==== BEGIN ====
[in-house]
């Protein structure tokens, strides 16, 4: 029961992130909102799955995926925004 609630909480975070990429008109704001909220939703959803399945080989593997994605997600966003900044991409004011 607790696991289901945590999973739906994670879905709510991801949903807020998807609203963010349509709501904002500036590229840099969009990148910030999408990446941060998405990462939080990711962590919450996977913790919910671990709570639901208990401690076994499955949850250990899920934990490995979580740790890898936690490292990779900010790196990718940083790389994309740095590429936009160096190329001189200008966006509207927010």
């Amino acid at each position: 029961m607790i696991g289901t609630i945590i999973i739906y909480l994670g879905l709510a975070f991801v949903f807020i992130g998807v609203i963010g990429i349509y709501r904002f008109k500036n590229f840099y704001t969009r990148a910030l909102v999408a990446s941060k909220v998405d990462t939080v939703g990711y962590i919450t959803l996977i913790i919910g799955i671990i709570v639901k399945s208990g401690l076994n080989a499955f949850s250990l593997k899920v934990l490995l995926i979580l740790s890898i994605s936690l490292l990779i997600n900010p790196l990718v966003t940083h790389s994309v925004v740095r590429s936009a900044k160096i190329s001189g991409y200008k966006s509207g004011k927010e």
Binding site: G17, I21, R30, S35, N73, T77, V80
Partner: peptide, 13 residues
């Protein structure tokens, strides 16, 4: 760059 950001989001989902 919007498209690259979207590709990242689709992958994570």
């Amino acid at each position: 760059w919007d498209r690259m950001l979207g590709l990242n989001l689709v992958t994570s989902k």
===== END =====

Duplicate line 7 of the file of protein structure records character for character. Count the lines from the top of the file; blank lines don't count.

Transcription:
């Amino acid at each position: 760059w919007d498209r690259m950001l979207g590709l990242n989001l689709v992958t994570s989902k």